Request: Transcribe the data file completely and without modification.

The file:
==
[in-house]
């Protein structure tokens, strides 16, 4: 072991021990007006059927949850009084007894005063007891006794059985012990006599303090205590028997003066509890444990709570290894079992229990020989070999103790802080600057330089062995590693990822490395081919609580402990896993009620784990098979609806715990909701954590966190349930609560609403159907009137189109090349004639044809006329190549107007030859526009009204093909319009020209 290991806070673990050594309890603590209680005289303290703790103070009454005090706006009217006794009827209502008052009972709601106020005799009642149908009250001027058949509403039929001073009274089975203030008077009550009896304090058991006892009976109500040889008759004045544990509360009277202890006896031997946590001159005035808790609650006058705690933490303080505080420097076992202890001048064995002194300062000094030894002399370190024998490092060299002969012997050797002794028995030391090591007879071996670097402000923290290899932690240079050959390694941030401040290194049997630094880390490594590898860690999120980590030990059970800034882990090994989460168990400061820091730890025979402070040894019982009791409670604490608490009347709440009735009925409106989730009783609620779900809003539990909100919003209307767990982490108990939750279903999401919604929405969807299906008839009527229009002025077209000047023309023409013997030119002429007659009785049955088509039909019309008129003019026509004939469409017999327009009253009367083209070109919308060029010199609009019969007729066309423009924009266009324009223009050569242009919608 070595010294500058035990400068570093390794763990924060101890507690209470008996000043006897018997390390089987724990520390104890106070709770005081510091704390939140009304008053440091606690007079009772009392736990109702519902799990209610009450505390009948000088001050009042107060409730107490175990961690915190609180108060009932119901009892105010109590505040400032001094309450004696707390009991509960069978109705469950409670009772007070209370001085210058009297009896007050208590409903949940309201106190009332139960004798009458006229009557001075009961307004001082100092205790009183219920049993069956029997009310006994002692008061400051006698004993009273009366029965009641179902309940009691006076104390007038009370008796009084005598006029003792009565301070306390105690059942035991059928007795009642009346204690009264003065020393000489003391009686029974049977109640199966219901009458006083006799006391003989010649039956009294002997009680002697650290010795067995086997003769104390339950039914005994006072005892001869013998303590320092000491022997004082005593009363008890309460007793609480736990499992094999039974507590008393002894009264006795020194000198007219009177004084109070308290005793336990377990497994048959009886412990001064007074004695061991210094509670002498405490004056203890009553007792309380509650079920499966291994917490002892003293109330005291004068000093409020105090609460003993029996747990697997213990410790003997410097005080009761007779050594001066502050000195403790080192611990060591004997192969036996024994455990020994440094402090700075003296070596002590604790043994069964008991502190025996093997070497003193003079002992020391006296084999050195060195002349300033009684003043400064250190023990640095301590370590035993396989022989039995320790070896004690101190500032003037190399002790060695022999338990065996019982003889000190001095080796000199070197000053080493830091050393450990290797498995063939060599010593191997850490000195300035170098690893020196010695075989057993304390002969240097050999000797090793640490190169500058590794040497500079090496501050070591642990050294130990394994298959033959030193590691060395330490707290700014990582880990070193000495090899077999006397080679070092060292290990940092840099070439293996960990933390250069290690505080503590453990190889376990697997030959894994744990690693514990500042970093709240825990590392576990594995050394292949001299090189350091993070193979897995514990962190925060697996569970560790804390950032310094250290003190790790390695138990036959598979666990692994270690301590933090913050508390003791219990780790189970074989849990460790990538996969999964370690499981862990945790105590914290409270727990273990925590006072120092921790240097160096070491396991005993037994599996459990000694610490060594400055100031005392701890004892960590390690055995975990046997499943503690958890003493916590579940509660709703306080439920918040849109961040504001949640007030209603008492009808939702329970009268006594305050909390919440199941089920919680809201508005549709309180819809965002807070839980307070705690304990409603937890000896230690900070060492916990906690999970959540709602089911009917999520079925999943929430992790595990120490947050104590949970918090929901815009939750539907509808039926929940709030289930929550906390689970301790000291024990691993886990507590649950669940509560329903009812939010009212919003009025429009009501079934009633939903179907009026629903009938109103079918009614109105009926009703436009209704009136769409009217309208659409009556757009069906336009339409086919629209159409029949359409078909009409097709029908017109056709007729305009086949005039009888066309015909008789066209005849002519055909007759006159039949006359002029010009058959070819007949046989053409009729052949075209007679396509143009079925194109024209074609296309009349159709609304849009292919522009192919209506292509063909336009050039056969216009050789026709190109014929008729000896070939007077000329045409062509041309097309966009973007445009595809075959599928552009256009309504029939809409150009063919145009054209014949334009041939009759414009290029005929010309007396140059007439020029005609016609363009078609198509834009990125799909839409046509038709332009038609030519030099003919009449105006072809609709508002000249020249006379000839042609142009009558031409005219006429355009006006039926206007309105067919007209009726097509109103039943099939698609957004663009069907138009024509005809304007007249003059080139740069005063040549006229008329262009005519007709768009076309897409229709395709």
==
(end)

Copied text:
[in-house]
């Protein structure tokens, strides 16, 4: 072991021990007006059927949850009084007894005063007891006794059985012990006599303090205590028997003066509890444990709570290894079992229990020989070999103790802080600057330089062995590693990822490395081919609580402990896993009620784990098979609806715990909701954590966190349930609560609403159907009137189109090349004639044809006329190549107007030859526009009204093909319009020209 290991806070673990050594309890603590209680005289303290703790103070009454005090706006009217006794009827209502008052009972709601106020005799009642149908009250001027058949509403039929001073009274089975203030008077009550009896304090058991006892009976109500040889008759004045544990509360009277202890006896031997946590001159005035808790609650006058705690933490303080505080420097076992202890001048064995002194300062000094030894002399370190024998490092060299002969012997050797002794028995030391090591007879071996670097402000923290290899932690240079050959390694941030401040290194049997630094880390490594590898860690999120980590030990059970800034882990090994989460168990400061820091730890025979402070040894019982009791409670604490608490009347709440009735009925409106989730009783609620779900809003539990909100919003209307767990982490108990939750279903999401919604929405969807299906008839009527229009002025077209000047023309023409013997030119002429007659009785049955088509039909019309008129003019026509004939469409017999327009009253009367083209070109919308060029010199609009019969007729066309423009924009266009324009223009050569242009919608 070595010294500058035990400068570093390794763990924060101890507690209470008996000043006897018997390390089987724990520390104890106070709770005081510091704390939140009304008053440091606690007079009772009392736990109702519902799990209610009450505390009948000088001050009042107060409730107490175990961690915190609180108060009932119901009892105010109590505040400032001094309450004696707390009991509960069978109705469950409670009772007070209370001085210058009297009896007050208590409903949940309201106190009332139960004798009458006229009557001075009961307004001082100092205790009183219920049993069956029997009310006994002692008061400051006698004993009273009366029965009641179902309940009691006076104390007038009370008796009084005598006029003792009565301070306390105690059942035991059928007795009642009346204690009264003065020393000489003391009686029974049977109640199966219901009458006083006799006391003989010649039956009294002997009680002697650290010795067995086997003769104390339950039914005994006072005892001869013998303590320092000491022997004082005593009363008890309460007793609480736990499992094999039974507590008393002894009264006795020194000198007219009177004084109070308290005793336990377990497994048959009886412990001064007074004695061991210094509670002498405490004056203890009553007792309380509650079920499966291994917490002892003293109330005291004068000093409020105090609460003993029996747990697997213990410790003997410097005080009761007779050594001066502050000195403790080192611990060591004997192969036996024994455990020994440094402090700075003296070596002590604790043994069964008991502190025996093997070497003193003079002992020391006296084999050195060195002349300033009684003043400064250190023990640095301590370590035993396989022989039995320790070896004690101190500032003037190399002790060695022999338990065996019982003889000190001095080796000199070197000053080493830091050393450990290797498995063939060599010593191997850490000195300035170098690893020196010695075989057993304390002969240097050999000797090793640490190169500058590794040497500079090496501050070591642990050294130990394994298959033959030193590691060395330490707290700014990582880990070193000495090899077999006397080679070092060292290990940092840099070439293996960990933390250069290690505080503590453990190889376990697997030959894994744990690693514990500042970093709240825990590392576990594995050394292949001299090189350091993070193979897995514990962190925060697996569970560790804390950032310094250290003190790790390695138990036959598979666990692994270690301590933090913050508390003791219990780790189970074989849990460790990538996969999964370690499981862990945790105590914290409270727990273990925590006072120092921790240097160096070491396991005993037994599996459990000694610490060594400055100031005392701890004892960590390690055995975990046997499943503690958890003493916590579940509660709703306080439920918040849109961040504001949640007030209603008492009808939702329970009268006594305050909390919440199941089920919680809201508005549709309180819809965002807070839980307070705690304990409603937890000896230690900070060492916990906690999970959540709602089911009917999520079925999943929430992790595990120490947050104590949970918090929901815009939750539907509808039926929940709030289930929550906390689970301790000291024990691993886990507590649950669940509560329903009812939010009212919003009025429009009501079934009633939903179907009026629903009938109103079918009614109105009926009703436009209704009136769409009217309208659409009556757009069906336009339409086919629209159409029949359409078909009409097709029908017109056709007729305009086949005039009888066309015909008789066209005849002519055909007759006159039949006359002029010009058959070819007949046989053409009729052949075209007679396509143009079925194109024209074609296309009349159709609304849009292919522009192919209506292509063909336009050039056969216009050789026709190109014929008729000896070939007077000329045409062509041309097309966009973007445009595809075959599928552009256009309504029939809409150009063919145009054209014949334009041939009759414009290029005929010309007396140059007439020029005609016609363009078609198509834009990125799909839409046509038709332009038609030519030099003919009449105006072809609709508002000249020249006379000839042609142009009558031409005219006429355009006006039926206007309105067919007209009726097509109103039943099939698609957004663009069907138009024509005809304007007249003059080139740069005063040549006229008329262009005519007709768009076309897409229709395709």